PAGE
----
For the Record

Practical tips for Zoom hearings from court reporters.

Written by Kristalee G. Mata

Bullock Law Schools

Zoom has revolutionized the practice of law. As we navigate this new way of working, however, some things remain the same—like the importance of making a clean, timely record. Here are some helpful tips from court reporters to ensure that your next Zoom hearing goes smoothly.


  • Check Your Wi-Fi: Remove obstructions like furniture or appliances that can block or weaken your Wi-Fi signal, check that you have sufficient capacity to run all the devices in your home or office, and protect your network with a password.

  • Invest in a Good Microphone: Computer headsets with microphones provide the best quality audio sound. Directional microphones, on the other hand, provide weak audio because they cannot amplify your voice when you turn to look at a document or question a witness.

  • Pre-mark and Electronically File Your Exhibits: E-filing your pre-marked exhibits, including demonstrative exhibits, enables the judge to share them on the Zoom screen so that all parties can refer to them simultaneously.


  • Correct Name in Zoom Profile: Make sure that your client’s device reflects their correct name; you do not want “iPhone,” “Papi Chulo,” or “Killer” to make an appearance on the record (all true stories, by the way).

  • Check Your Client’s Wi-Fi Signal: If your client does not have access to stable internet service, ask them to park their vehicle at a good hot spot (like a public library or a Starbucks) to ensure that their signal does not freeze or drop during their hearing.

  • Log off From Other Applications: Remind your clients to log off from Facebook, Instagram, and other social media applications before logging on to Zoom—the chances of losing a signal increases if they are running multiple programs on their device.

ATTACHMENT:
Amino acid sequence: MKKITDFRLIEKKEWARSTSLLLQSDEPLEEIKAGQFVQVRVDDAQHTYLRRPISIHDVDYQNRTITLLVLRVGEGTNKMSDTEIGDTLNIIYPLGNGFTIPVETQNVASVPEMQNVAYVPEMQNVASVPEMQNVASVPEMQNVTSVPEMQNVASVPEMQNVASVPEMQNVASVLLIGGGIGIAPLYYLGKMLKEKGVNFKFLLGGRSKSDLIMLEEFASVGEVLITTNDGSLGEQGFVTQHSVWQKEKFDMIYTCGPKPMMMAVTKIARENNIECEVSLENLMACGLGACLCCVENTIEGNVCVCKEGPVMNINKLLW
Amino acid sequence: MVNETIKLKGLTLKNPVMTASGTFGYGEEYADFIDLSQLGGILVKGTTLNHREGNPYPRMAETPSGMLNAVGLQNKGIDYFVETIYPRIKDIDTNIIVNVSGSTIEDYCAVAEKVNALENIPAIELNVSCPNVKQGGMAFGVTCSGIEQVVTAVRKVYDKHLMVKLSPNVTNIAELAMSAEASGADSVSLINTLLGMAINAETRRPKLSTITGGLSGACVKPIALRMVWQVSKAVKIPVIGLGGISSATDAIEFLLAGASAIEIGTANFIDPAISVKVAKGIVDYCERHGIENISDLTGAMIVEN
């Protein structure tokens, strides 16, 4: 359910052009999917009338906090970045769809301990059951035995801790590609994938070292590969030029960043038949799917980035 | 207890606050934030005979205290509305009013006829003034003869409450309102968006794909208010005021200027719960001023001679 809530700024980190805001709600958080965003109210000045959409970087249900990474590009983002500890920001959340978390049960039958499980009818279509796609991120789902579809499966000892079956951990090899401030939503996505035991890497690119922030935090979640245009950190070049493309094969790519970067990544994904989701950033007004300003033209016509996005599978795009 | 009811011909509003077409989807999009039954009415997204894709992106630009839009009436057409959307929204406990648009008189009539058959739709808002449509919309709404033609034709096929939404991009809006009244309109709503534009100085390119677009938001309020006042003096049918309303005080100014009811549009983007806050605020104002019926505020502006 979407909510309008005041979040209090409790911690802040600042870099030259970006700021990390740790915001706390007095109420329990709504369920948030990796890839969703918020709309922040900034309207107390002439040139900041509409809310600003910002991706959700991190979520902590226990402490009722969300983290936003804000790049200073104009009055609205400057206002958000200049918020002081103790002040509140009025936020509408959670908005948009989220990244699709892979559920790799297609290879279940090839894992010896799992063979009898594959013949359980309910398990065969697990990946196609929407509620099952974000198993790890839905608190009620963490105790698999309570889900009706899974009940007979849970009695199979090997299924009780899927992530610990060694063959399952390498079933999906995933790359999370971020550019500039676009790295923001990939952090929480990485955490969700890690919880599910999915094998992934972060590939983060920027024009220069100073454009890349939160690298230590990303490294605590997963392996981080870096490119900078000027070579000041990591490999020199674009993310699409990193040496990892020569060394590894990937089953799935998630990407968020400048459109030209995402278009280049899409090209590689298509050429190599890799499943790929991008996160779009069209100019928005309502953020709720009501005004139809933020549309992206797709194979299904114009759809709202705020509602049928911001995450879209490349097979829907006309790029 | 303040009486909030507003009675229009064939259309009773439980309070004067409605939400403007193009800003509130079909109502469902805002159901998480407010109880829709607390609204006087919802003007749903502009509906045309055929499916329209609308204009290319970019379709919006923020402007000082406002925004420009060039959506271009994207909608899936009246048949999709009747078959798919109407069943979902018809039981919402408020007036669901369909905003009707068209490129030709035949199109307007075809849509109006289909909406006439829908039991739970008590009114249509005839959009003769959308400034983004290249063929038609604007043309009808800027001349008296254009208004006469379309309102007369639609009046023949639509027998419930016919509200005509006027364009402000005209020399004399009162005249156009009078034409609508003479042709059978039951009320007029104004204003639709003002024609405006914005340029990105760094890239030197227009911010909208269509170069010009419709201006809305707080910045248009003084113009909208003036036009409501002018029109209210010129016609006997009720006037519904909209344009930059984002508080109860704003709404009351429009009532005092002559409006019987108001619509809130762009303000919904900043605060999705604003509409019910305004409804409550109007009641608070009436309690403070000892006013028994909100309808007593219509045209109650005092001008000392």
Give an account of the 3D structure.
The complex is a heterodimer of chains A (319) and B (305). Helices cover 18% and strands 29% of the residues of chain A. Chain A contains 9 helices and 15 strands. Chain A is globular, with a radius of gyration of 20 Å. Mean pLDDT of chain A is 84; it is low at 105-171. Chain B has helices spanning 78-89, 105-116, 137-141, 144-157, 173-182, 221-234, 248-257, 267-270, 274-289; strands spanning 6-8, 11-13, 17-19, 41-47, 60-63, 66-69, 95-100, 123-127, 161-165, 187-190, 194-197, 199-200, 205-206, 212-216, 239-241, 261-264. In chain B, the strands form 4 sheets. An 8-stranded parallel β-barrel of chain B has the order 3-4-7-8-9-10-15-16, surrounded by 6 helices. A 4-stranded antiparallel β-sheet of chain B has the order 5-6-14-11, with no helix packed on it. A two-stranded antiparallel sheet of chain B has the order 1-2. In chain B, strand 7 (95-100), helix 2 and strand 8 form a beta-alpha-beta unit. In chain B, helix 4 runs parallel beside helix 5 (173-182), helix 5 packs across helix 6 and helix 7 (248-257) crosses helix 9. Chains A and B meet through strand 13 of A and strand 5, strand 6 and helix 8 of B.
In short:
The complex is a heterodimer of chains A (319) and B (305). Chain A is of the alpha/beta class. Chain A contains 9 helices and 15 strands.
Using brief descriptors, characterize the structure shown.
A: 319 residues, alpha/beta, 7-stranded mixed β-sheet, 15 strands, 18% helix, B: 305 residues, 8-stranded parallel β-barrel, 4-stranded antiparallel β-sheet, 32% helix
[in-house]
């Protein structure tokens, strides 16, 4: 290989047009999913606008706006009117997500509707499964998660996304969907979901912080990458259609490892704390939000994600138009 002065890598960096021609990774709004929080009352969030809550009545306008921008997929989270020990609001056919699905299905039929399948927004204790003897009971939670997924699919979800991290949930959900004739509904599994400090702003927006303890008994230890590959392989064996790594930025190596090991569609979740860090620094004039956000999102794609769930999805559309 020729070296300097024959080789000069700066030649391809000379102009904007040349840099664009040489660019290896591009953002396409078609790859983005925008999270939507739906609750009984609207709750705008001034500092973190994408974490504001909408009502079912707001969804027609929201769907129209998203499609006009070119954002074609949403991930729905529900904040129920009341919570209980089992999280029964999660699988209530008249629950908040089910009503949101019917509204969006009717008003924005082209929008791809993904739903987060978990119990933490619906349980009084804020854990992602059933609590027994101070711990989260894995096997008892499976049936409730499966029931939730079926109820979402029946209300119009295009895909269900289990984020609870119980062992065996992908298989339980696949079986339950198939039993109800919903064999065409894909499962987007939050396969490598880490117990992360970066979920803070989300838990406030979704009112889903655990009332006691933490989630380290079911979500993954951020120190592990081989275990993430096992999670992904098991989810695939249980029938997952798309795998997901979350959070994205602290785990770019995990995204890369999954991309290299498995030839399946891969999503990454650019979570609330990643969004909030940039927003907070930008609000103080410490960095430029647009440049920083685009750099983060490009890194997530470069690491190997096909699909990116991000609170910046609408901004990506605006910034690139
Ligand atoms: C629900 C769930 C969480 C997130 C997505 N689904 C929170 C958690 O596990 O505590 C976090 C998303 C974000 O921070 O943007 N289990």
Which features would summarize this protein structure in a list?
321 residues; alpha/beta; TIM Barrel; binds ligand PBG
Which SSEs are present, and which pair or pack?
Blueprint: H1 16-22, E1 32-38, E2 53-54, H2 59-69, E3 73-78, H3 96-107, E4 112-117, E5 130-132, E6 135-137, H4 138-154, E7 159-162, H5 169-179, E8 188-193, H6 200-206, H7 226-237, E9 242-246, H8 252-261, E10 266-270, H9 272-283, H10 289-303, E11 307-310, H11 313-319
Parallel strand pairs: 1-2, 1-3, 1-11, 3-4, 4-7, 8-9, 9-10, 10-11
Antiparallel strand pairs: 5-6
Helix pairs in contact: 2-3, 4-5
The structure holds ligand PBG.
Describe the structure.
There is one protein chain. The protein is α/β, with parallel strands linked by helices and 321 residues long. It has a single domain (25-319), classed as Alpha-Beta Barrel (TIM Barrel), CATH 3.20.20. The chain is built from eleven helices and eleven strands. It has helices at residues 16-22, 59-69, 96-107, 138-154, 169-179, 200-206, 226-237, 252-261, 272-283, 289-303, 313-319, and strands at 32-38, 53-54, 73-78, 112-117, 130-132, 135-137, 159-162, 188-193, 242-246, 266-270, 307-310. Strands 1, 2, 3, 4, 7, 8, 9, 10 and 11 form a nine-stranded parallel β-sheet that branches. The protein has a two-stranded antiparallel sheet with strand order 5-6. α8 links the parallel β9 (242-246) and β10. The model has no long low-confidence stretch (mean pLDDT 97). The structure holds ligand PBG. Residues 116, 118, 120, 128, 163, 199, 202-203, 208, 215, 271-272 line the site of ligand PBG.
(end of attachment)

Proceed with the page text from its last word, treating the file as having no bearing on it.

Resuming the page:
• Do a Trial Run: Troubleshooting issues prior to the hearing reduces the likelihood that the court will reset your hearing because your client is having technical issues.

  • Create a Zoom Checklist: Create a courtroom etiquette checklist you can email or text your client or witness before their hearing, with tips like staying mute until their case is called and to stop speaking when they hear the word “objection.”


  • Name and Cause Number in Zoom Profile: Listing your full name with your cause number, like “Kristalee G. Mata, CR-21-12345-E,” offers important information to all virtual docket participants—court reporters can identify the parties who are present and ready to appear and court staff can quickly access the e-filings in your case.

  • Use the Chat Feature to Report a Substituted Appearance: Court reporters suggest that sending a private chat message to them is a helpful way to let them know about an intended substitution that may not be reflected on the docket sheet.

  • Announce Yourself and Your Client: A clear announcement signals to the court reporter who will be speaking; otherwise, court reporters must visually scan dozens of boxes in the Zoom gallery to make that determination.

  • Additional People in a Zoom Box: If there is someone other than your client in the room with them, such as a legal assistant or interpreter, please ask that the person be identified for the record and placed under oath.

  • Tips for Questioning: Court reporters suggest it is ideal to have the attorney in one room and the client or witness in another so that each party can remove their masks to speak. When removing masks is not possible, however, reporters have noted that persons wearing N95 masks sound clearer and louder.

Zoom is more than likely here to stay. While the convenience of appearing in multiple courts and venues from the comfort of your home or office is a positive change, attorneys must do what we can to keep an accurate and clean record.TBJ

The author would like to thank Tina Fasci, Roland Quintanilla, and the Hidalgo County Court Reporters Association for their invaluable help on this article.

is a staff attorney at the 13th Court of Appeals in Edinburg.

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